The Great Judgment
When Christ returns from heaven to judge the world (Mt. 25:31-33), he will come “in the clouds with great power and glory” (Mk. 13:26). Perhaps it will not be until then that the true greatness of the charge Jesus gave to that small band of disciples from the top of the Mount of Olives just prior to his ascension will be fully realized. Jesus said, “Then shall the righteous shine forth as the sun in the kingdom of their Father. Who hath ears to hear, let him hear” (Mt. 13:43).—Gary McDade
THE SALVATION IN CHRIST
The subject of salvation is viewed by the voice of inspiration as something to be “obtained.” Paul wrote to the evangelist Timothy, “Therefore I endure all things for the elect’s sakes, that they may also obtain the salvation which is in Christ Jesus with eternal glory” (II Tim. 2:10). The Bible discusses many features of salvation that draw the reality and meaning of the subject clearly into view.
The God of heaven is the saving Lord. Peter proclaimed, “The Lord is not slack concerning his promise, as some men count slackness; but is longsuffering to us-ward, not willing that any should perish, but that all should come to repentance” (II Pet. 3:9). God is referred to as the “God of our salvation” in Psalm 68:19. “Salvation is of the Lord,” declared Jonah from the whale’s belly (Jon. 3:2; Matt. 12:40). Known all too well is the answer “no where” to the refrain of the beautiful Christian hymn “Where Could I Go but to the Lord?”
God’s planning (Eph. 3:8-11), Christ’s performing (Heb. 10:7), and the Holy Spirit’s revealing (I Cor. 2:9-10) have brought about “the salvation in Christ.” The entire human family can know about it because it stands unassailably codified in the eternal word of the living Lord (Psa. 119:89; Matt. 24:35). James wrote, “Wherefore lay apart all filthiness and superfluity of naughtiness, and receive with meekness the engrafted word, which is able to save your souls” (Jas. 1:21).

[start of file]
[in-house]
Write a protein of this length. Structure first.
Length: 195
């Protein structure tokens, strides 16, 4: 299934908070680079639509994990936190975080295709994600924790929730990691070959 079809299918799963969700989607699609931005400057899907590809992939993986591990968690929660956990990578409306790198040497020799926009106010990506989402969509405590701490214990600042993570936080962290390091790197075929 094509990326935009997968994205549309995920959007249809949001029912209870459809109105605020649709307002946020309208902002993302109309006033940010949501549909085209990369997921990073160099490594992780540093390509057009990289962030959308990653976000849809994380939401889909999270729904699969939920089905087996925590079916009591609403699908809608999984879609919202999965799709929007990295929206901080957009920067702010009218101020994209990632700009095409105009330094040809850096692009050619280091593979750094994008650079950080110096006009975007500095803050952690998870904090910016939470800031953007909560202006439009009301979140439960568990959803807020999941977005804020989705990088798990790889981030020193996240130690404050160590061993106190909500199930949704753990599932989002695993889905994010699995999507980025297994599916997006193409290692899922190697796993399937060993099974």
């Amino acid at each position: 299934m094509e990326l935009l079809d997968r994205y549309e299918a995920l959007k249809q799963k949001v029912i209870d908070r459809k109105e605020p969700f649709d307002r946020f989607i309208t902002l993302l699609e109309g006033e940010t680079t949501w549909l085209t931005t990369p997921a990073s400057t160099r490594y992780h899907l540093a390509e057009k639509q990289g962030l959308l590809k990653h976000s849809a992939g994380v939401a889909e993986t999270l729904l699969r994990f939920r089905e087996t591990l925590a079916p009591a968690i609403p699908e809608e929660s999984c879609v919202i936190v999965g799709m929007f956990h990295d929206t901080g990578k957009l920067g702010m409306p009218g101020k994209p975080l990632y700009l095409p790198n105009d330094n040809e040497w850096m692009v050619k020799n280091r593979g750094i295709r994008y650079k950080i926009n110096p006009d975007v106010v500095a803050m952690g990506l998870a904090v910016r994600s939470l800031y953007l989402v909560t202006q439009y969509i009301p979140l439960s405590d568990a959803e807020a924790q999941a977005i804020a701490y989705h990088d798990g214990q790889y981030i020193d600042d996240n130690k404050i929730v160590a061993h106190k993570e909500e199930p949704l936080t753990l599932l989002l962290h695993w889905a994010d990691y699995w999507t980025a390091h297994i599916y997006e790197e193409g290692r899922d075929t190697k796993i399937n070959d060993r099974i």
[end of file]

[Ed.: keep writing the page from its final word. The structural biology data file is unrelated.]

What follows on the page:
The gospel message is God’s power unto salvation, “For I am not ashamed of the gospel of Christ: for it is the power of God unto salvation to every one that believeth; to the Jew first, and also to the Greek” (Rom. 1:16). The sinner cannot be redeemed without sufficient power exerted upon the sinful condition of the soul to save him or her from spiritual ruin and death. That saving power is the gospel of Christ. The entire gospel system presented in the New Testament stands upon the death, burial, and resurrection of Jesus Christ. Paul wrote, “Moreover, brethren, I declare unto you the gospel which I preached unto you, which also ye have received, and wherein ye stand; By which also ye are saved, if ye keep in memory what I preached unto you, unless ye have believed in vain. For I delivered unto you first of all that which I also received, how that Christ died for our sins according to the scriptures; And that he was buried, and that he rose again the third day according to the scriptures” (I Cor. 15:1-4).